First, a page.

38. 38
    chopper says:

    @Betty Cracker:

    remember, hitler was a vegetarian, so i hope y’all eat meat.

  39. 39
    DennisMunro says:

    @Betty Cracker: @chopper: Nice false equivalencies.

  40. 40
    Lawrence says:

    @Cacti: You must mean the long lens camera the photographer was carrying which looks nothing like an RPG.

  41. 41
    Lawrence says:

    @gratuitous: I didn’t recommend action against the individual who approved the shoot. He was acting on the obviously false information the Apache crew gave him. An order to kill civilians is an unlawful order. If you watched the footage you will notice the constant fabrication about the civilians carrying rifles and RPGs. They weren’t. The men in that gunship are either too blind to fly, too incompetent to read their instruments or just a couple of sadistic war criminals.

  42. 42
    Betty Cracker says:

    @DennisMunro: I’ll have you know these are made from the finest quality silicone on the market. For shame, sir!

  43. 43
    Cacti says:

    @Lawrence:

    You must mean the long lens camera the photographer was carrying which looks nothing like an RPG.

    You should get in touch with Julian Assange and correct him, since he admitted on Colbert that there was one person on the ground with an RPG and another carrying an AK-47.

  44. 44
    Soonergrunt says:

    @Cacti: To say nothing of the fact that the “collateral murder” video was very heavily edited. Something like 40% of it was cut out. Parts at the beginning of the engagement, and parts in the middle.
    No matter what might have happened (and I wasn’t there, so I don’t know) I DO know that no court in the western world, civilian or military would consider that reliable evidence upon which to charge.

  45. 45
    Soonergrunt says:

    @Soonergrunt: Oh, and Manning took that file from a folder on the SIPR server that was labeled “JAG” according to testimony in the Article 32 investigation. So it was under investigation at the time.

  46. 46
    dollared says:

    @Soonergrunt: Are you trying to say that that was a justified action? The very best you can say is that it was poor judgment by the shooter, and that every person in the entire political process that put that shooter in Iraq at that moment with that armament should be put in prison. But please do not defend that state murder.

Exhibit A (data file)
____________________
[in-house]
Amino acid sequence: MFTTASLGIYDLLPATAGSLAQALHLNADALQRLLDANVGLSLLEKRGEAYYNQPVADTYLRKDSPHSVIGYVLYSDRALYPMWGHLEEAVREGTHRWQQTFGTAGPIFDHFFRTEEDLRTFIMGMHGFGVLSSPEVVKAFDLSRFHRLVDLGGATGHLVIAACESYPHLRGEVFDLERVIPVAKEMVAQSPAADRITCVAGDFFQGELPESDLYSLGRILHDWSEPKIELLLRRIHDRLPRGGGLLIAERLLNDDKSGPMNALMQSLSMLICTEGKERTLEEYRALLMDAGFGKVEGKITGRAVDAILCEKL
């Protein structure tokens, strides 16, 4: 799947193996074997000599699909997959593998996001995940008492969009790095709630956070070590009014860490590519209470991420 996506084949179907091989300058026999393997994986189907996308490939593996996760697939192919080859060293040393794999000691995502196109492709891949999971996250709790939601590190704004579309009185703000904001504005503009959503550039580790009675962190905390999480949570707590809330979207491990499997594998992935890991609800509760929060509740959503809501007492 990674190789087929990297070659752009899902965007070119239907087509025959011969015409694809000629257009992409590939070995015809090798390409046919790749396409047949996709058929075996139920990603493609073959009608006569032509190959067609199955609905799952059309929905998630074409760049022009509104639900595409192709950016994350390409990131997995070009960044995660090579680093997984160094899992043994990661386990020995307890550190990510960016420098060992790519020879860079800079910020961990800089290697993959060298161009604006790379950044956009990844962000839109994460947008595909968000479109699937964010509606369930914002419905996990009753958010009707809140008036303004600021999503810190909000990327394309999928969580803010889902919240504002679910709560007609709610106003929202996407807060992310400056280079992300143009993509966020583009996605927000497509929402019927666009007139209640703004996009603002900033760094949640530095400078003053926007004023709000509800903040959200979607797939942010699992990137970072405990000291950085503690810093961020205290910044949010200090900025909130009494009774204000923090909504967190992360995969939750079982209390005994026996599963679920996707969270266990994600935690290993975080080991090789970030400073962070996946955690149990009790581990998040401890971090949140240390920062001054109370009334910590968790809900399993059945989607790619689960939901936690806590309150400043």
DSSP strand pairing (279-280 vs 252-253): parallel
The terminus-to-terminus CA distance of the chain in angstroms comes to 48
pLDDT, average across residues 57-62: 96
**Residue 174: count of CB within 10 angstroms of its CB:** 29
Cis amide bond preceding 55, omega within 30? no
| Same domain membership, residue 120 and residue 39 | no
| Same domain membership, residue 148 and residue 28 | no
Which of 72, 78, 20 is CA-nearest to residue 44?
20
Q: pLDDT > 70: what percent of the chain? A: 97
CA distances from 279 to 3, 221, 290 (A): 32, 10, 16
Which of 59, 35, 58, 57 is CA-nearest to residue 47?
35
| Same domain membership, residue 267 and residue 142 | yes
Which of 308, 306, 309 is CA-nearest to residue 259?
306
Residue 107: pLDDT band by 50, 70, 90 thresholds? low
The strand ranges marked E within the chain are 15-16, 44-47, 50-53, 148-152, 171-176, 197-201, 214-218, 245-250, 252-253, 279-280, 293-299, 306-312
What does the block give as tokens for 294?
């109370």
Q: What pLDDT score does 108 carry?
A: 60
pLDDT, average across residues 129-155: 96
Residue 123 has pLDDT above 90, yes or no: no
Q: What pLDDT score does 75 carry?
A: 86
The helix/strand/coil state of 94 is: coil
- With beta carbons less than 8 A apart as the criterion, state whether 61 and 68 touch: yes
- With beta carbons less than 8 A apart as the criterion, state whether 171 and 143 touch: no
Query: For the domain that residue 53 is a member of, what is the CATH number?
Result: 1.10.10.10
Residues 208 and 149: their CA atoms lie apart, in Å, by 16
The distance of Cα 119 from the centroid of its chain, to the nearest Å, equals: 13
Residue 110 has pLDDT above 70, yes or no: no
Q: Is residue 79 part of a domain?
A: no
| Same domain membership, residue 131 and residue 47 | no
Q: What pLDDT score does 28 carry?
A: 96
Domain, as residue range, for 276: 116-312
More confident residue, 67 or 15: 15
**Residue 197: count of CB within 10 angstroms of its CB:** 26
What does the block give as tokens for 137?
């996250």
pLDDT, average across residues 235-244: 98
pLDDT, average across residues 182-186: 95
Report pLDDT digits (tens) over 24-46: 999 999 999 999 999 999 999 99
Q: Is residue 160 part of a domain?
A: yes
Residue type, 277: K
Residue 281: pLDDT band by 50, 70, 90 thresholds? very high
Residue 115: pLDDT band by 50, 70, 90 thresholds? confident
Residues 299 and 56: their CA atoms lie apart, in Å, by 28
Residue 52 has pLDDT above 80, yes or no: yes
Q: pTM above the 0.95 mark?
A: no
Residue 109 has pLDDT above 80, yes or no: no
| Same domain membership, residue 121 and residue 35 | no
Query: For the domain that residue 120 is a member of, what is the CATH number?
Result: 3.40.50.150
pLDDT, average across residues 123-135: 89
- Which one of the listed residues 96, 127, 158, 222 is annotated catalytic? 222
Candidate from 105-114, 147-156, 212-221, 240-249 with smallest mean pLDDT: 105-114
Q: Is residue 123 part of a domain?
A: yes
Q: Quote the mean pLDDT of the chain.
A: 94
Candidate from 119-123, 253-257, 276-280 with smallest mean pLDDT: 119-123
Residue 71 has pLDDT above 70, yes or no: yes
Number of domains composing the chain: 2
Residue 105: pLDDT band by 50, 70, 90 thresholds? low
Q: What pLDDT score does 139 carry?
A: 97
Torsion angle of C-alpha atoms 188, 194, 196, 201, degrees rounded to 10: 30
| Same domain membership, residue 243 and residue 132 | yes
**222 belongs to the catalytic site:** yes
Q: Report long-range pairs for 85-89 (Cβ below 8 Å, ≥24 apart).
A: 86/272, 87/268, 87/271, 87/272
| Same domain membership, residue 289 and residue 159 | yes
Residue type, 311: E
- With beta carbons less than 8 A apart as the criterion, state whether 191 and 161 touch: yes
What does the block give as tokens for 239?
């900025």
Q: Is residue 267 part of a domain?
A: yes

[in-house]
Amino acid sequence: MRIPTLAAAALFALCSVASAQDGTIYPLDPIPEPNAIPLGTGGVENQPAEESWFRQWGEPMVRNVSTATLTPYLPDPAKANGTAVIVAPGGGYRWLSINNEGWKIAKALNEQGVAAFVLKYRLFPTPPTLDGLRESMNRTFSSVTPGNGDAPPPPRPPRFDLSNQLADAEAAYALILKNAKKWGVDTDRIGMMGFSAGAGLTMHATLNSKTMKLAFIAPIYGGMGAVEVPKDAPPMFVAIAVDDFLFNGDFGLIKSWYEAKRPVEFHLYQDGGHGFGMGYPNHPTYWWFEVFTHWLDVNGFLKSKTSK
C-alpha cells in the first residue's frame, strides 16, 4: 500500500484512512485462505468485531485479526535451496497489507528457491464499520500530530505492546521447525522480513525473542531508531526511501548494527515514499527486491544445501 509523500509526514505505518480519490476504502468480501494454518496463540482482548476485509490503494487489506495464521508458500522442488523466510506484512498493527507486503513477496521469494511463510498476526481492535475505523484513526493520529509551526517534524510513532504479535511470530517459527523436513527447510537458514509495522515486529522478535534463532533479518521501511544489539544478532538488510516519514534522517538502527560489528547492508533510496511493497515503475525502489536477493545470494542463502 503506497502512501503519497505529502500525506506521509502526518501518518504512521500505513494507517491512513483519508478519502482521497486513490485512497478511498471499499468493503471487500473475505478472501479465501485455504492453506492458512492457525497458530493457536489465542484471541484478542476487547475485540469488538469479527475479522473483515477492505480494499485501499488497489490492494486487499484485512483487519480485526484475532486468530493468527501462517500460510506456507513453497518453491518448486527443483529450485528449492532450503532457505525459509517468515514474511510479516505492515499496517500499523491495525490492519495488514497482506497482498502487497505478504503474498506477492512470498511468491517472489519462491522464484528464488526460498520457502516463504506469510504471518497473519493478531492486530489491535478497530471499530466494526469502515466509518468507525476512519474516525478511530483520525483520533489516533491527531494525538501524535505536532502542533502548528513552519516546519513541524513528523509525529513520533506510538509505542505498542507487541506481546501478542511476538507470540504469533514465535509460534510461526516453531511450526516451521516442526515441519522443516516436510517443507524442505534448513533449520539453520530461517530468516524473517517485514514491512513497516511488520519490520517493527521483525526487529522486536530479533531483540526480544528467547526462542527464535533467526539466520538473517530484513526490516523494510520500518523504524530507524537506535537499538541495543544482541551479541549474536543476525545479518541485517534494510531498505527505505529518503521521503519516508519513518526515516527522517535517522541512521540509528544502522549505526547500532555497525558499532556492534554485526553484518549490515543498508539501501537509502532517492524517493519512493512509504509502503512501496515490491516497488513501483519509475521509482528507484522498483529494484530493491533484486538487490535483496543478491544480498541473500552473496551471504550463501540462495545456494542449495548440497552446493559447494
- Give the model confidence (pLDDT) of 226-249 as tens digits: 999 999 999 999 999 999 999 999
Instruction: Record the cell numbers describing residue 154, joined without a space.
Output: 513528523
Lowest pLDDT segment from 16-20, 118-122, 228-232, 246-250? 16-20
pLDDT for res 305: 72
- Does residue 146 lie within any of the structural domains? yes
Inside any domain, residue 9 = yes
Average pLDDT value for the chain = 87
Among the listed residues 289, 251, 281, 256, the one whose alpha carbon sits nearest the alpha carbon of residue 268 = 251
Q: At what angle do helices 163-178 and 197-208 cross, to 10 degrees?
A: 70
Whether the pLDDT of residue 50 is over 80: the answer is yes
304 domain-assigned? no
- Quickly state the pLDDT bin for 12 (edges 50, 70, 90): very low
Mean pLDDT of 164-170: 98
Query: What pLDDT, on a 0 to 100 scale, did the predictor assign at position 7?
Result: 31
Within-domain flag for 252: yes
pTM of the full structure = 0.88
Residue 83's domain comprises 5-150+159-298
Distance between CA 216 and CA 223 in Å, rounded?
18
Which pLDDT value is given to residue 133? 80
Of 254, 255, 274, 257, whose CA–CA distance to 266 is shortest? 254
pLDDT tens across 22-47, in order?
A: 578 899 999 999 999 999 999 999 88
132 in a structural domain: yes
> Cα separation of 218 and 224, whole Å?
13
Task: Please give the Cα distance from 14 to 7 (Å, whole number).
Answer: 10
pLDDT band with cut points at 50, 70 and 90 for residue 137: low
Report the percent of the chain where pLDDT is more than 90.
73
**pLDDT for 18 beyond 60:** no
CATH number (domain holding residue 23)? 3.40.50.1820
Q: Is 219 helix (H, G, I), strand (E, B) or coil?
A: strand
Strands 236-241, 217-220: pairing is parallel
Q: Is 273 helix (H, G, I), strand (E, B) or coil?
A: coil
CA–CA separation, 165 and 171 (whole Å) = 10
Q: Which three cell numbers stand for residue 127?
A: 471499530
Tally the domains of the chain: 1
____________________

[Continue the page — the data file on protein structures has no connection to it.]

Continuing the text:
47. 47
    Soonergrunt says:

    @dollared: No. I’m saying that you don’t know what happened there, that the video that you’ve seen doesn’t show what most people think it does because it was intentionally and selectively edited to produce outrage (by an organization that claims to exist to get the truth out to the world), and that video was the subject of an active criminal investigation by a military force that prosecutes people suspected of war crimes and has prosecuted and imprisoned a lot of people for criminal conduct in the war zone.
    John Hatley, multiple counts of murder
    Michael Behenna, assault, murder
    The Maywand District Murders, aka the “Kill Team” Eleven personnel investigated, charged, and convicted at court-martial of various offenses from Wrongful Use of Controlled Substances, to Murder
    Mahmudiyah killings Five men convicted at court-martial of various crimes ranging from Dereliction of Duty to Rape and Murder, one former Soldier convicted in Federal District Court of Rape and Murder
    And of course, Abu Ghraib personnel convicted or torture, abuse, maltreatment, conduct predjudicial to good order and discipline.
    Oh, yeah–the Kandahar Massacre, in which SSG Robert Bales has already plead Guilty, and the court-martial is only meeting to determine whether or not he’ll be eligible for parole in multiple murders. He plead Guilty, so the death penalty is not possible, because the UCMJ forbids capital punishment without both a unanimous verdict and a unanimous sentence from a Panel of Members.
    We don’t know why the Army didn’t prosecute the crew of the Apache for those actions, but I can tell you that intent is an element of most crimes under the UCMJ and the difference between the mistaken targeting of a camera crew and the correct engagement of people who may be pointing a missile launcher at you is that one is a horrible mistake, the other might get you an award, but neither is a crime.
    As for persons in the political process, there is no mechanism under either military or civilian law for them to be tried by court-martial. The proper course of action for Bush and Cheney was to impeach them for high crimes and misdemeanors and to try them in the US Senate, and for members of the President’s cabinet to indict them and try them in US District Court. This course of action may be legally open but is probably not politically possible with respect to Bush and Cheney today.
    I have no control over whether or not that happens.

  48. 48
    Arclite says:

    @Cacti:

    I wonder if he regrets being a useful idiot for wikileaks.

    He outed himself. He’s only got himself to blame.

    If I were to steal a bunch of classified docs and have them dumped on the internet, I sure as hell wouldn’t be bragging about it with someone over chat client.

  49. 49
    Lizzie says:

    I first read “tomato shelter” and thought isn’t it a bit early for a frost?

  50. 50
    Lizzie says:

    I first read “tomato shelter” and thought isn’t it a bit early for a frost?

  51. 51
    Soonergrunt says:

    @Lizzie: lol. If only that’s what it really was.

  52. 52
    DennisMunro says:

    @Soonergrunt: Nice way of defending a Blackwater massacre.